Body of Jacintha Saldanha arrives in India

The casket containing the body of Jacintha Saldanha arrives in India for her funeral. Photo /AP
The casket containing the body of Jacintha Saldanha arrives in India for her funeral. Photo /AP

The body of an Indian-born nurse who was found dead after taking a hoax call to the hospital treating Prince William's wife has arrived in Mangalore following a memorial mass in London.

Jacintha Saldanha, 46, had answered the prank telephone call from two Sydney radio DJs to the hospital where Catherine was admitted during the early stages of her pregnancy.

Her funeral is expected to take place on Monday near Mangalore in Shirva, the home town of her husband Benedict Barboza. He accompanied her body on Sunday's flight to India along with their son, 16, and daughter, 14.

Saldanha left three notes, one of which reportedly criticised her colleagues over her treatment at the King Edward VII's private hospital.

The hospital has defended itself, saying it offered support to Saldanha and had stressed to her she would not be disciplined for being taken in by the call.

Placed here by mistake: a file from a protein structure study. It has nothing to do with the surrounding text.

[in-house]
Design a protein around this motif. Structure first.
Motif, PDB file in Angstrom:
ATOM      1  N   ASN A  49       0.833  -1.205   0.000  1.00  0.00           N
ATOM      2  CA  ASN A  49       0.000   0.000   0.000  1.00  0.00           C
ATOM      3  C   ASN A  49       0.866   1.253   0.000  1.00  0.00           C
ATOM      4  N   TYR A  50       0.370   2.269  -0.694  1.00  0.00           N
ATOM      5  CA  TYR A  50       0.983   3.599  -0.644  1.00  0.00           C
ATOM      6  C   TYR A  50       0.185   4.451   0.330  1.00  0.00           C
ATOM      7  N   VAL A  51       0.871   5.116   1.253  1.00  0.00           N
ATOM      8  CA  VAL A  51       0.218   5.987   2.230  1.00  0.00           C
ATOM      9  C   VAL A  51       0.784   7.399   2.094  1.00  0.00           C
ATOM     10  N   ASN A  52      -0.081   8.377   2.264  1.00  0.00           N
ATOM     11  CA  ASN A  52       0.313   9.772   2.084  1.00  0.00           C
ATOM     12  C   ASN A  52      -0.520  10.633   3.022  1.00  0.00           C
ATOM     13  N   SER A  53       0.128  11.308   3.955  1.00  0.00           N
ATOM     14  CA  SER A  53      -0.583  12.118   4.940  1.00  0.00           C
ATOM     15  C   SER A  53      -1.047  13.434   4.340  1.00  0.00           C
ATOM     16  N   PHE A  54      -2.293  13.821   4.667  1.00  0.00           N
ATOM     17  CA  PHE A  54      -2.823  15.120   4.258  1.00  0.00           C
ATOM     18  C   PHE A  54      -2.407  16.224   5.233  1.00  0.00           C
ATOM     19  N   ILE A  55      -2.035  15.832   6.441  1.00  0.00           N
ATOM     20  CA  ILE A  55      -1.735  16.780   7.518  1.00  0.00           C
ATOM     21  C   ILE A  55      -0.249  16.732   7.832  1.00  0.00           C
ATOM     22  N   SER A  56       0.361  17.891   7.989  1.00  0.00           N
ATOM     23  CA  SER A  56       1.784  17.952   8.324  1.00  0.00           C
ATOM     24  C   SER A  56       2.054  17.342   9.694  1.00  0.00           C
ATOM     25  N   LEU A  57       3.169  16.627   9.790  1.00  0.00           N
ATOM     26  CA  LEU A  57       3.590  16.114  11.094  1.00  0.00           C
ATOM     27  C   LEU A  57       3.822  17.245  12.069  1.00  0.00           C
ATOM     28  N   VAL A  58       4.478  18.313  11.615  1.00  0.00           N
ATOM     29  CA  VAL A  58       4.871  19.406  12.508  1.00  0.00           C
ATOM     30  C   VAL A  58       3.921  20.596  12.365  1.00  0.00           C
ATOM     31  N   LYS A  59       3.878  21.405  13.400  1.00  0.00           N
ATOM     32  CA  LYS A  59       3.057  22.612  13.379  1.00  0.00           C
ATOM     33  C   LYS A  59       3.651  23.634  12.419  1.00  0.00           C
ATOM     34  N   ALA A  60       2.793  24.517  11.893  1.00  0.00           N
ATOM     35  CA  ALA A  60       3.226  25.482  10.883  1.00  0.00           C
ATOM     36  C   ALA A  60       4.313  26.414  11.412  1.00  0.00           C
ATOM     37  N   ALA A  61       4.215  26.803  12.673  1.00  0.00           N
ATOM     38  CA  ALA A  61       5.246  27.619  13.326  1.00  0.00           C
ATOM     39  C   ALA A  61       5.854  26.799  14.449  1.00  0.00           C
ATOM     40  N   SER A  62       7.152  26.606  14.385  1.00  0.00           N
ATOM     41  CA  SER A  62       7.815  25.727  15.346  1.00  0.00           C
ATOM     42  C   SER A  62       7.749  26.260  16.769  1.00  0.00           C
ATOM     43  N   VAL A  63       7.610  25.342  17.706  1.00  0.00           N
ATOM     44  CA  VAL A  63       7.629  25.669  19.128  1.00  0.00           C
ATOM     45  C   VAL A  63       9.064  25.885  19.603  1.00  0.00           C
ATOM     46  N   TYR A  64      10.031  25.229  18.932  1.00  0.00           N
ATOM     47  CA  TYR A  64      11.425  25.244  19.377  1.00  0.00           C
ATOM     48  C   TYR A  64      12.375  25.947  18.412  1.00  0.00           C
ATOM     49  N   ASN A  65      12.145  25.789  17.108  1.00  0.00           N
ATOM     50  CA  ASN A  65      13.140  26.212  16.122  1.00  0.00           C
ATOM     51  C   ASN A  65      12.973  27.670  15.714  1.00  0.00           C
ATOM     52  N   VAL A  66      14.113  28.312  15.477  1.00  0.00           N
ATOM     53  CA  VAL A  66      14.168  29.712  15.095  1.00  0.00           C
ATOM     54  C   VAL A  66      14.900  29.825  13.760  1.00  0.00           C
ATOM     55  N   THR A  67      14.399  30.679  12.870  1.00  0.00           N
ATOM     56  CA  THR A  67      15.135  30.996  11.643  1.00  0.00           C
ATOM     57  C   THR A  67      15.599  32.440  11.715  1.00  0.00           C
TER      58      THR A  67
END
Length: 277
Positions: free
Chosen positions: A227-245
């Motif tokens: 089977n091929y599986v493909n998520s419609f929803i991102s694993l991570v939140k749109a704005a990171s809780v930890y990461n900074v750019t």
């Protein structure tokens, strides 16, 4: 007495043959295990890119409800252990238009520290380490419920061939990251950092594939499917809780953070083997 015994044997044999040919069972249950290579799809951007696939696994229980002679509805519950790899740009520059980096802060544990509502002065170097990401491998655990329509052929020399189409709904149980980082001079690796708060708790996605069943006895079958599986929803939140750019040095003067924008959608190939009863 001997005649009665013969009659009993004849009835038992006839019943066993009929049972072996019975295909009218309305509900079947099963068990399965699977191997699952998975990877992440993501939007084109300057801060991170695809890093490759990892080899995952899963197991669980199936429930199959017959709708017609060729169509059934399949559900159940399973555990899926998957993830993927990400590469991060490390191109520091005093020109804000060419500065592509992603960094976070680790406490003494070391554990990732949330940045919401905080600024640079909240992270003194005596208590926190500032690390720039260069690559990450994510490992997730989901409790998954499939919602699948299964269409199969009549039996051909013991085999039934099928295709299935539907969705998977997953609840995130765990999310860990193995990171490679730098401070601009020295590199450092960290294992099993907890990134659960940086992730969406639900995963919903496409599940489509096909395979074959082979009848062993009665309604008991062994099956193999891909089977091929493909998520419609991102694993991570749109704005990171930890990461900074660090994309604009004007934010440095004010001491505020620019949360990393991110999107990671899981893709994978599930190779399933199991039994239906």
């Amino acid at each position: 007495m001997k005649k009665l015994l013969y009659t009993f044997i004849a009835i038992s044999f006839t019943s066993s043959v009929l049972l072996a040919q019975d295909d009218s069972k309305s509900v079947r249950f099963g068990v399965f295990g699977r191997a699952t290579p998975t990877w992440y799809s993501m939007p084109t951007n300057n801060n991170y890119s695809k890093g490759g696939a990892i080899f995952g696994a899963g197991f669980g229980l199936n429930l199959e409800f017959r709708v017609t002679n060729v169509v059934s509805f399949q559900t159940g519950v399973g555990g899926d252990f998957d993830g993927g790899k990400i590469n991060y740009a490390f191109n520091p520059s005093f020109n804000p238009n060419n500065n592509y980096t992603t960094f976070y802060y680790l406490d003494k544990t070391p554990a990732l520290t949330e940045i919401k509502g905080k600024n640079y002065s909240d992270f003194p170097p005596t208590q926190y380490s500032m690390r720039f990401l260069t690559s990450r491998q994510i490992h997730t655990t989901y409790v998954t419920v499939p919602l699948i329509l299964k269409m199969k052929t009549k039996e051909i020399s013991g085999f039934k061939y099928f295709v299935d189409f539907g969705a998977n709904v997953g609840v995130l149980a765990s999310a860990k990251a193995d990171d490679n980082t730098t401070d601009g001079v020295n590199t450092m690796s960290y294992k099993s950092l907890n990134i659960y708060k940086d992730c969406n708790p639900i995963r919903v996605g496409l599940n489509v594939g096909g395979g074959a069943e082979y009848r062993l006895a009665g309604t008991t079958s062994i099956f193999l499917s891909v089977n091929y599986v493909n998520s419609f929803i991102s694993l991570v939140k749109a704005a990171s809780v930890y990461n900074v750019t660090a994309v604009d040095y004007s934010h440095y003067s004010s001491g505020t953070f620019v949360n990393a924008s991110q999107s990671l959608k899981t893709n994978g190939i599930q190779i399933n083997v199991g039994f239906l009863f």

A report in Britain's Sunday Times newspaper suggested Saldanha had been involved in a dispute with a colleague at the hospital several weeks before her death, and had been unhappy with the way managers dealt with it.

Saldanha's frail mother lives with her other daughter and a son in Mangalore, 360 kilometres from Bangalore in the western state of Karnataka.

"I feel very sorry that those two kids, they lost their mother's love and affection," said local politician DV Sadananda Gowda after visiting a family relative.

"The government ... is seeking an inquiry so that the truth should come out and what the reasons are behind this incident."

Saldanha's body arrived a day after the nurse's children told a service at London's Westminster Cathedral that her death had created "an unfillable void" in their lives.

A London inquest last week heard that Saldanha, who moved to Britain around 12 years ago, had been found hanged in staff accommodation on December 7 and that there were no suspicious circumstances over her death.

A few days earlier she put the prank call from 2Day FM through to a colleague who relayed confidential details about Catherine's severe morning sickness to the DJs.

Australian police say death threats have been made against DJs Michael Christian and Mel Greig, who made the call posing as the Queen and Prince Charles.

-AFP

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